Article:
Friday, March 13, 2009

From Mancel Goodrell

The brief and expressive letters written by our soldiers, and published from time to time in the Register, are read with absorbing interest. There is nothing in the world which does us more good, than to take these letters and transfer them to our own column; and after their publication we take care to have them cut out and pasted in a scrap book. This book shall ornament our little library until the day of our death, and then it shall descend as a precious heirloom to the members of the family who may survive us.

The letter which we publish to-day, and which follows this introduction, was written at Pittsburgh Landing by MANCEL GOODRELL, son of STUART GOODRELL of this place. The young soldier is but 18 years of age; yet he has gone through an experience on the battle-field which in one day transformed him from an undisciplined recruit to a tried and successful defender of his country’s Flag. It will be seen by the letter, that his brother WILLIAM, who was wounded at Springfield when LYON fell a martyr to his country’s cause, was saved as by a miracle from instant death at Pittsburgh. – Both MANCEL and WILLIAM belong to Captain W. T. SMITH’s company of the 15th Regiment. Here is the letter which MANCEL directs to his parents:

Camp Pittsburgh,
April 10th, 1862

Dear Parents: We have had one of the hardest fought battles that ever took place on American soil. I came off save. William was knocked down by a cannon ball which cut through his hair, just missing his head! The battle lasted two days. Our Regiment has been here but half and hour when the battle commenced. We were immediately marched out and met the enemy. We had no battery to support us, while the rebels had two of them playing on us all the time. They had, also, a larger infantry force than we. When we retreated, Captain Smith and myself were the last to leave the field; and when we rallied again, the Captain came and complimented me before the Company for being the last off the field. When we rallied, but 18 of our Company could be collected to march back on the enemy. – We were joined by about 200 men from different regiments, and were led back under command of Captain Smith. General Grant rode up to us, and told us that the fortunes of the day depended now on one desperate struggle, and if we did not stand our ground the day was lost. We laid flat on our faces for four hours, while the shot and shell were flying and bursting over our heads all the time! – But we held our ground, and laid on our arms all night in a heavy thunder shower.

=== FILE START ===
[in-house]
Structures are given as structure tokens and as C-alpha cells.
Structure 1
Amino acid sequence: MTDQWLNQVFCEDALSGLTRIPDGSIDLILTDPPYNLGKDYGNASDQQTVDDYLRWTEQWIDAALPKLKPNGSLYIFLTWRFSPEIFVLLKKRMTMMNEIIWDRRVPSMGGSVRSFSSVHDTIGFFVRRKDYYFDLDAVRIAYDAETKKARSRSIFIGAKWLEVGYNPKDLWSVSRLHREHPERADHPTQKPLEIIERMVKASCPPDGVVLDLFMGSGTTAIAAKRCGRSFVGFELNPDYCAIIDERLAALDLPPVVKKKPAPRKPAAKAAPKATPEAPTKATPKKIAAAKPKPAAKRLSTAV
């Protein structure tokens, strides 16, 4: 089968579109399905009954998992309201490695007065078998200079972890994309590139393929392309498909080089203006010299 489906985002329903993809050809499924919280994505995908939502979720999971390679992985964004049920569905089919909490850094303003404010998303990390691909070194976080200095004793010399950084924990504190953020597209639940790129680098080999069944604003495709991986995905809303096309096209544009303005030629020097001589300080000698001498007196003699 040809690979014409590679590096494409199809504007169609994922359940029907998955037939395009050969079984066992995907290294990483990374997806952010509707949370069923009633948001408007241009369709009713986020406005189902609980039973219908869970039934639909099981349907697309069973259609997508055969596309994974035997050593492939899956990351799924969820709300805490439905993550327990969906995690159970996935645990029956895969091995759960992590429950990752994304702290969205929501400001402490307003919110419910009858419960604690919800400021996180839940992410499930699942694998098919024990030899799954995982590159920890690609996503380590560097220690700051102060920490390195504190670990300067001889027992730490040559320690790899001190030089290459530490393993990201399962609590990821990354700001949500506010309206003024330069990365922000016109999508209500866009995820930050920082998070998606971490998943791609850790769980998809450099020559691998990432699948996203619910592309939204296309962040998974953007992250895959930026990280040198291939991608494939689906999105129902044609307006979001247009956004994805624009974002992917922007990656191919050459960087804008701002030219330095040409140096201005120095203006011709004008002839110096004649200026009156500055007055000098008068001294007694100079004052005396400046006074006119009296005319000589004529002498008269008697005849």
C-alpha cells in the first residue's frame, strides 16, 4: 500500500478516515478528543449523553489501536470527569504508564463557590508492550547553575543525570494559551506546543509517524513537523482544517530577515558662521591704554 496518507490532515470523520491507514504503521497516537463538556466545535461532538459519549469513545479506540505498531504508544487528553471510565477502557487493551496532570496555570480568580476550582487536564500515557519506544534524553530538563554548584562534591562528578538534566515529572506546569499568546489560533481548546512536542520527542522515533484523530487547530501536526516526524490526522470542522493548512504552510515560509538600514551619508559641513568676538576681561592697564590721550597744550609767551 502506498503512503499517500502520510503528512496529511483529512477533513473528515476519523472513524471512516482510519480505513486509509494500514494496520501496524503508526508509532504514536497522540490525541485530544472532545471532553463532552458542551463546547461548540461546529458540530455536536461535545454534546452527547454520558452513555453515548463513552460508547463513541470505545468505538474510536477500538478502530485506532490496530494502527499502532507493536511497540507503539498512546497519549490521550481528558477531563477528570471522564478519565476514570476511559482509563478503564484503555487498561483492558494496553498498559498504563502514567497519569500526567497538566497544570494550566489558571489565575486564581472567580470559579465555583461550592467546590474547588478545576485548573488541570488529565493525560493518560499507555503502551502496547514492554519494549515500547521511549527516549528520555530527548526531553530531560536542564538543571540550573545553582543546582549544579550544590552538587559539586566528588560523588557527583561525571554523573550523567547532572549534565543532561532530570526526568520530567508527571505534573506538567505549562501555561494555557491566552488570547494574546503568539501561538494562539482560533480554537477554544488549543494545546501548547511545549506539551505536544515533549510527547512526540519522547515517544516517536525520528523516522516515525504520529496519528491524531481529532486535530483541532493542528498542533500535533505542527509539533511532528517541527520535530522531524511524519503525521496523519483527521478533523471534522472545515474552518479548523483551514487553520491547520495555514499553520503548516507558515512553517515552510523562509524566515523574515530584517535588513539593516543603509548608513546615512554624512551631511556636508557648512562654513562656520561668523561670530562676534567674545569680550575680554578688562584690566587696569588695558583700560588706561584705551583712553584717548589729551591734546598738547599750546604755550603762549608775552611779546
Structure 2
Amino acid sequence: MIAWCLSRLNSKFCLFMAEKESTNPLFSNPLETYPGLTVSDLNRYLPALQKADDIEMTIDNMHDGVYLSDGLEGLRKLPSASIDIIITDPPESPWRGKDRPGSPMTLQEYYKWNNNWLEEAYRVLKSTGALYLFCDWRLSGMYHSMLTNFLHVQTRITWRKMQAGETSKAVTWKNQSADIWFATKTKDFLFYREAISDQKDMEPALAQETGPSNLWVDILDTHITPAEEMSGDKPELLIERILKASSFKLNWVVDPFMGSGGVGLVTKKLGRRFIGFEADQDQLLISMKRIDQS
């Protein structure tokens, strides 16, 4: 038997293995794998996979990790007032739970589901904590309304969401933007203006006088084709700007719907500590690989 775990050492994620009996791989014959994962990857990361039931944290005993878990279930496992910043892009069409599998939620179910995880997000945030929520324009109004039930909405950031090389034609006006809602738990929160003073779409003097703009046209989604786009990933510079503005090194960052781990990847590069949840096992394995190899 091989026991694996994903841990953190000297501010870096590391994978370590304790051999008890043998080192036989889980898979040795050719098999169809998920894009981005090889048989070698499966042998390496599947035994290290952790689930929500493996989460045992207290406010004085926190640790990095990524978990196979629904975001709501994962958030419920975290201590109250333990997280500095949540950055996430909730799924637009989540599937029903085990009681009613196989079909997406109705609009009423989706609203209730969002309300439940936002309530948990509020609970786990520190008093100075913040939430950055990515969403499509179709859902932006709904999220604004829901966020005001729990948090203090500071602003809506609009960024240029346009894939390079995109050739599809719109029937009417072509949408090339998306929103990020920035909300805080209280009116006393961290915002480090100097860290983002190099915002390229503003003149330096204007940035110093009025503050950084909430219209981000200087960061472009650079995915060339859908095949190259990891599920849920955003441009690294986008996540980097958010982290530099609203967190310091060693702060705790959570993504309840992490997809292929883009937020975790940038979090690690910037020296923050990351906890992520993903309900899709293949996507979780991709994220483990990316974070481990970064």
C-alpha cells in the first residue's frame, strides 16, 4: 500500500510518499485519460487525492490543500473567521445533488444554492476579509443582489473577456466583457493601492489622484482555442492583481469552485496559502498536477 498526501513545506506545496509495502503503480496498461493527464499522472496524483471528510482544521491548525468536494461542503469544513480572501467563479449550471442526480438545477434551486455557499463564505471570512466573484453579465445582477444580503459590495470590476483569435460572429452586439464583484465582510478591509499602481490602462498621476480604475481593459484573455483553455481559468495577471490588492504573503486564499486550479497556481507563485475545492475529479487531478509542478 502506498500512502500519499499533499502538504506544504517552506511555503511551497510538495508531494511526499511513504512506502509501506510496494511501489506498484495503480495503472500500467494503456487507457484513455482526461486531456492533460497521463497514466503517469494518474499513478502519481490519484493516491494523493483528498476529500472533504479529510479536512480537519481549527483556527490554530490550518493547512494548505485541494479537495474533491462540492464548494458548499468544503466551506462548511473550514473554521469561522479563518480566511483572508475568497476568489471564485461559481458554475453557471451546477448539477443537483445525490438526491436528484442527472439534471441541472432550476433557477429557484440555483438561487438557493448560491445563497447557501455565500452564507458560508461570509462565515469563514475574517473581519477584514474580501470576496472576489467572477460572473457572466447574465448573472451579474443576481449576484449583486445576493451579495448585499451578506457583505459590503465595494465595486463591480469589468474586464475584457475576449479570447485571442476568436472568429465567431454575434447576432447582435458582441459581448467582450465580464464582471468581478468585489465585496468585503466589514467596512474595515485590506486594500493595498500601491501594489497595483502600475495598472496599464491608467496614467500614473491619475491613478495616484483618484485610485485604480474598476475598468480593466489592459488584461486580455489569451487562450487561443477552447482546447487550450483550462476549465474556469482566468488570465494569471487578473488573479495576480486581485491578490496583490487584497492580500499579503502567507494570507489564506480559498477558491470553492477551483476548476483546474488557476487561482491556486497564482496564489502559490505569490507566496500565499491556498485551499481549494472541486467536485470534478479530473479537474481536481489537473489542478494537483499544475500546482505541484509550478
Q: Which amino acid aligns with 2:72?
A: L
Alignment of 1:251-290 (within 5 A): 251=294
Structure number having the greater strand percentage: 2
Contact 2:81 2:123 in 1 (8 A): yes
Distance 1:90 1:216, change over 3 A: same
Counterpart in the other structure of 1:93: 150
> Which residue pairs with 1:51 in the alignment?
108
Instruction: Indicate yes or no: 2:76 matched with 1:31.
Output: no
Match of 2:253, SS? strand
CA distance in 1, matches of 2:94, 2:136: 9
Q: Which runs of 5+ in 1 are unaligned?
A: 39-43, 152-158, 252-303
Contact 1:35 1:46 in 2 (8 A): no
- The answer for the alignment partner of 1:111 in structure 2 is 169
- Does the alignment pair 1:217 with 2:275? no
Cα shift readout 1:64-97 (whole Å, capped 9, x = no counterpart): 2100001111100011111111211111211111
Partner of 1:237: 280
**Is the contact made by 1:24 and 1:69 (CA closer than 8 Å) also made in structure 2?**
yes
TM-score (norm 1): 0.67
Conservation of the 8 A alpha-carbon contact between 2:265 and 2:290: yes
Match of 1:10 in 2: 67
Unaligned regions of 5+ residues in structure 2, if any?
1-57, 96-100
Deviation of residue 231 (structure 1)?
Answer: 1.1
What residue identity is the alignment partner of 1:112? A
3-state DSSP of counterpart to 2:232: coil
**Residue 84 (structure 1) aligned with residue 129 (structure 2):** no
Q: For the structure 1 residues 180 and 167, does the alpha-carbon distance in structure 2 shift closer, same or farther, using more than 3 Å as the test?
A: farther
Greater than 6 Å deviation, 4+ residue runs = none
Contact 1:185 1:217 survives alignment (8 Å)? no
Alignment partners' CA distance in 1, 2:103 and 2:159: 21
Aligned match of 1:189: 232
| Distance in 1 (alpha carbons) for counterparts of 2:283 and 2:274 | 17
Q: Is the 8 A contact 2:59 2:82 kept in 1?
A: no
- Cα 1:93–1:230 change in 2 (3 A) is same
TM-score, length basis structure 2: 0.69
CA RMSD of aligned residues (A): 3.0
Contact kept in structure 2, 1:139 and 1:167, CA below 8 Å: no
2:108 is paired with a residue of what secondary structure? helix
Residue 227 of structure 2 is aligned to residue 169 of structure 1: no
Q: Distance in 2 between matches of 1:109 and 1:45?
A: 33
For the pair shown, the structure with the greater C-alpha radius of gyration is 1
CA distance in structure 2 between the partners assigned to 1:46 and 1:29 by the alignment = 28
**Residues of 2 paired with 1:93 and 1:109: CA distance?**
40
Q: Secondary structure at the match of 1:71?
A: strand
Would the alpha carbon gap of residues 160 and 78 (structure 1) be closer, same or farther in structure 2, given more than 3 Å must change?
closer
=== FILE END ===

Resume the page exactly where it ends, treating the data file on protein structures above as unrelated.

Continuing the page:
During the evening and night, Gen. Buell arrived with reinforcements and took command. He came just in time to save us, for the enemy had taken over two-thirds of our encampment, and they had made boasts that they would take dinner with us on Monday noon! We did not fight on Monday, but were drawn up as a reserve in the line of battle, and remained in this position all day.

On Sunday when we were hurriedly marched into battle, we left everything nearly on the boat, and have not been back yet. The knapsacks were brought out to us, but mine was not with the rest. Over half of our things were stolen. It has rained every night since we came here, and we have not had tents nor blankets till last night, and then not more than half of us were supplied.

– Published in the Daily State Register, Des Moines, Iowa, Tuesday, April 22, 1862

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